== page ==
What does it mean to be a byproduct of your culture? Or better yet, what does it mean to be a blend of more than one? It’s a big question, one that many families and individuals ask themselves as our world becomes more open and diverse. But, how better to approach this topic than through art?
It’s exactly how Rafaella Safarian has taken on the exploration of her cultures. On top of running her own literary magazine, Hyebred Magazine, she’s also a writer who looks at the world she grew up in and the world around her to drive her fiction forward.
“I grew up in an Armenian household and I grew up going to the Armenian church, so it was really based on all of my observations about myself, my family, my culture and kind of creating these stories to make it relatable,” said Rafaella. “Cause in a sense they’re like immigrant stories, some of them, and you appreciate how far your culture has brought you.”
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She recently graduated from her undergrad in Creative Writing, but during her time in school, she was able to find what she wanted to write towards. Many young writers struggle in finding their ‘voice’ or know what they are writing about. Rafaella not only knows what she is writing about, but she explores it further as she grows as an artist.
In fact, Rafaella wrote four short stories for her thesis, titled “The Half-Open Pomegranate” which is heavily based on the Armenian culture.
“The image of the half-open pomegranate is a symbol of what Armenia has become,” said Rafaella. “The pomegranate, which is the motherland, was ripped open during the Genocide of 1915. Her seeds have scattered all over the globe, sprouting new communities which are still thriving to this day. Each of the stories embodies the strength of the Armenian people, who are more than just victims of Genocide. They are fruitful, resilient, and indestructible.”
Her stories don’t stop there, though. She might have finished her thesis defense (phew) but, to her, that doesn’t mean her stories are done.
“How can I learn from this piece?” she asks herself. “How can I incorporate what I have learned during my four years doing a bachelor’s in creative writing? How can I use all that knowledge to make this the best story I can? I’m just kind of building the short story collection, actually. I’m revising here and there because, as a perfectionist, and I think any artist or writer will say that their work is not finished yet.”
As hard of a worker as she is, Rafaella is very humble about the work she does. She knows what it means to be a young artist and wears the badge proudly.
“I’m an Emerging writer, and I’m totally fine with that,” she said. “I think there’s a fear of being an emerging writer because a lot of the time, you’re still trying to find your voice and I think a lot of publishers think you’re trying to find your voice too. So, if you send them your best, then they’ll know, who this person is and I think that’s really important to establish yourself as a writer, in terms of your voice.”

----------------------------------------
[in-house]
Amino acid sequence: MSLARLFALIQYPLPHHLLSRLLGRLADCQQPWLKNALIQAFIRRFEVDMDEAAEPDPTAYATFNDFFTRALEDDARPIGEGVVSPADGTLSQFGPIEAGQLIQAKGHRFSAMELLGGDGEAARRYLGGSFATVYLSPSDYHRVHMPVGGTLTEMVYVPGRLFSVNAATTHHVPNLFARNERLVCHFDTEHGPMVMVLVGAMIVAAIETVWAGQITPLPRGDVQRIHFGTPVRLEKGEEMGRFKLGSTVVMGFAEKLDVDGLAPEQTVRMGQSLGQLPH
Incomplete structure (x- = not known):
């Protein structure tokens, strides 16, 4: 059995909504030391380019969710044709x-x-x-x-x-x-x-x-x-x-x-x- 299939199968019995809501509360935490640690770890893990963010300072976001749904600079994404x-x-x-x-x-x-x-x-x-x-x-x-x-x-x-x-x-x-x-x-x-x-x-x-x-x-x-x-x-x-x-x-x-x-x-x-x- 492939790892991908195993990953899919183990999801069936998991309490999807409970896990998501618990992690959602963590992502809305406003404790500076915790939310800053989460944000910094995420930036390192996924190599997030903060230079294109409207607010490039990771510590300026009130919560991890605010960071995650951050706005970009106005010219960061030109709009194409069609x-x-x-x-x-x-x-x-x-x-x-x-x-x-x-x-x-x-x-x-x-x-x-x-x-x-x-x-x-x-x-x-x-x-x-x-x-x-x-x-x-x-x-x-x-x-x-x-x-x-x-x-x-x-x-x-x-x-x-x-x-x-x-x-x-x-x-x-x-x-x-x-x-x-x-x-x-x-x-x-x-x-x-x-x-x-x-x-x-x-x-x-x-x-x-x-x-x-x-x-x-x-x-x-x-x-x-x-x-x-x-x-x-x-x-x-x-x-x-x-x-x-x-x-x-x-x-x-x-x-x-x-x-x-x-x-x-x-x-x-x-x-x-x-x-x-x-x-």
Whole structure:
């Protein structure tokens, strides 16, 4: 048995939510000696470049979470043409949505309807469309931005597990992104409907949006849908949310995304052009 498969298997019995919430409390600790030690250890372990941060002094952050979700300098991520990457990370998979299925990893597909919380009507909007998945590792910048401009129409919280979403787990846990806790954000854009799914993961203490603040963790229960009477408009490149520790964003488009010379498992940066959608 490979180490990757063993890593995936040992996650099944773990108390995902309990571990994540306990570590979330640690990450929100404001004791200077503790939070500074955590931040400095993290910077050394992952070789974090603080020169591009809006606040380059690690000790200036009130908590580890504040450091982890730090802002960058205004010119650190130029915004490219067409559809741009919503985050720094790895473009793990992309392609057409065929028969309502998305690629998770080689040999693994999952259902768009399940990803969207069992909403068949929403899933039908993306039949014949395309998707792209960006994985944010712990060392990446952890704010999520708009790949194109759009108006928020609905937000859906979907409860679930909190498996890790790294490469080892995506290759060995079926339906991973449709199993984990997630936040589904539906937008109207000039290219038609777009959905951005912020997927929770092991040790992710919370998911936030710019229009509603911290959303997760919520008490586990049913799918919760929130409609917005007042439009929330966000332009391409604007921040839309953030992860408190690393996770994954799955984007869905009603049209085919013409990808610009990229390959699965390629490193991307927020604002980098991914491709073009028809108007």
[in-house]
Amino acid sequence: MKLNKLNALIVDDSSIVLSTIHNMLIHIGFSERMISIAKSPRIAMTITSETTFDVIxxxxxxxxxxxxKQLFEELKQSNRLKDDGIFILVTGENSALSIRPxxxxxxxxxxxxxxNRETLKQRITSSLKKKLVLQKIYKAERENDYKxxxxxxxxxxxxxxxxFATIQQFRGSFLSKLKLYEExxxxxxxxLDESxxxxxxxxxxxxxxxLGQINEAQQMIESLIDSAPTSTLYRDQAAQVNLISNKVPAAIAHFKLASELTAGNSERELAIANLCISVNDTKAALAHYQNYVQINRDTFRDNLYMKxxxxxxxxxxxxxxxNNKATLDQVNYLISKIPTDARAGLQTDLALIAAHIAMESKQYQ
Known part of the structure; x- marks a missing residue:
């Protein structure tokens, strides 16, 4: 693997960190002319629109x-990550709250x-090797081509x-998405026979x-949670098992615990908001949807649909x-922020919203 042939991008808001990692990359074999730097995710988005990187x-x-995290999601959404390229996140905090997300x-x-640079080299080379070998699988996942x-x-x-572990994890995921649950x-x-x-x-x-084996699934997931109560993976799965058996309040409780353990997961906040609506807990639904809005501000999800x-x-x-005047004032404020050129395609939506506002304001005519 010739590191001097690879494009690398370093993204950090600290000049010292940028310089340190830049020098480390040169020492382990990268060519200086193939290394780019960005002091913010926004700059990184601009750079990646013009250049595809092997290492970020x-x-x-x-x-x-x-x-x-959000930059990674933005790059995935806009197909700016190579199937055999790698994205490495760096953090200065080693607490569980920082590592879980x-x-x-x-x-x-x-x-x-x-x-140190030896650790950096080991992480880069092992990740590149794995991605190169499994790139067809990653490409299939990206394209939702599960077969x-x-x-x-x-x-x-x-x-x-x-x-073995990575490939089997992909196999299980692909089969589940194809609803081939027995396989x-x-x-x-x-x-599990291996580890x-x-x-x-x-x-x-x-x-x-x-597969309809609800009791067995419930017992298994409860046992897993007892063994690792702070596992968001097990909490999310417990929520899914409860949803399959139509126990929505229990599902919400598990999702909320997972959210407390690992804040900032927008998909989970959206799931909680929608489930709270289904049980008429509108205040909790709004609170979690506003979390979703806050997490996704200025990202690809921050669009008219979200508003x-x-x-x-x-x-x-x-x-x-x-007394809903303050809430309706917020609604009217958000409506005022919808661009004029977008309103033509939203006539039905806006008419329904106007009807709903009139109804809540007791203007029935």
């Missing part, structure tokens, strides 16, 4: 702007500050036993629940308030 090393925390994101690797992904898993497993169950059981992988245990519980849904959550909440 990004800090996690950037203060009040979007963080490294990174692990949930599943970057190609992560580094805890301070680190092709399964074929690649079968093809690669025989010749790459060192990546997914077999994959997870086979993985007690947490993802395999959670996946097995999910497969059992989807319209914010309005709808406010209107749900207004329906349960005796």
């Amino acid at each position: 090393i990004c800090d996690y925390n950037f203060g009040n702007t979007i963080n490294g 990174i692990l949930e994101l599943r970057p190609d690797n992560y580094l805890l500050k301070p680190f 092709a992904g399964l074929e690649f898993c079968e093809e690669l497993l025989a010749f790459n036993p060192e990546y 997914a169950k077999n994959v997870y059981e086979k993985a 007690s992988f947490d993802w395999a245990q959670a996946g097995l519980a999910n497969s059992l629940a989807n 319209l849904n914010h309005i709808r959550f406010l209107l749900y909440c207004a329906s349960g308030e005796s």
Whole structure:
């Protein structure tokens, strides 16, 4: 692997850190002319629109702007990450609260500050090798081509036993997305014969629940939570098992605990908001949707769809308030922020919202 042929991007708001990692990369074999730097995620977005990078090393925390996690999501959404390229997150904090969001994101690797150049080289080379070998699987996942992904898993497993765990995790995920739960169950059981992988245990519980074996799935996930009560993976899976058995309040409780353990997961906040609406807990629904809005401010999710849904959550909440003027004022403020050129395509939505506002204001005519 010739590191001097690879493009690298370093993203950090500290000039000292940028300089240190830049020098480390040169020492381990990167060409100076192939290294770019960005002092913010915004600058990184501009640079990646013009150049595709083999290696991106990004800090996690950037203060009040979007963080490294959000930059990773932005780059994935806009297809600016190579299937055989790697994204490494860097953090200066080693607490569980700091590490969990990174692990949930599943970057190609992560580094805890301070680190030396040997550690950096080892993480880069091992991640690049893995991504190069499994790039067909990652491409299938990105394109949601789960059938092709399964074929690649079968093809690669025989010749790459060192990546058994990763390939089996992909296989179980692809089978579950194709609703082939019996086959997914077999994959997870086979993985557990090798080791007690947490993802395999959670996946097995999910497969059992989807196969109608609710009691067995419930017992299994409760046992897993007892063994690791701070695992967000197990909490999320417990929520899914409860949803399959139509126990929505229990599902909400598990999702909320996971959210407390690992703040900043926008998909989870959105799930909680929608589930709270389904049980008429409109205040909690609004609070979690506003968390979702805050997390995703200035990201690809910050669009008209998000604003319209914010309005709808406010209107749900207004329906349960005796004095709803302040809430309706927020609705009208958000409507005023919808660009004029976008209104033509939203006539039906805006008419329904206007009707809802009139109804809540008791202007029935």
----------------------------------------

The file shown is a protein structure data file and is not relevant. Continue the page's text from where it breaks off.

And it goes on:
Just like any other writer, established or otherwise, Rafaella has received her fair share of rejection letters. But as the editor-in-chief of Hyebred Magazine, a magazine dedicated to artists of Armenian descent, she doesn’t like to hand them out.
“For me, it’s like harder for me to write a rejection than to receive one,” she said. “I wanted it to be a space where emerging and established writers will definately be published. I think it is important for a CV booster, to have a publication under your belt in order to write a cover letter.”
Her magazine has just published its fourth issue and is continuing to grow and thrive since she started it back in her undergrad.
“I was really shocked about how positive the response was and people who had originally submitted in the first issue, submitted in the third one as well and it was just kind of really wonderful because it kind of means that they trust the journal,” she said. “They trust its mission and that just makes me really happy.”
She is now continuing her studies, but not with writing. No, no. Rafaella is currently in law school learning about justice, but she wants to apply what she learns to her writing.
“Hopefully I will try to balance it. Hopefully it’s not 90% of studying, 10% writing,” she said. “Stepping away from writing is gonna be a challenge because I know that when I am not allowed to write, for example because I have to study, it’s gonna make me want to write more. I also think that’s gonna be a good thing cause I want this break to learn more about justice, and apply that to my writing.”
You can also access Issue 4 and all the previous issues of Hyebred here!
Still want to know more about Rafaella and her amazing work, both in writing and in the community? Click here to listen to the full episode!
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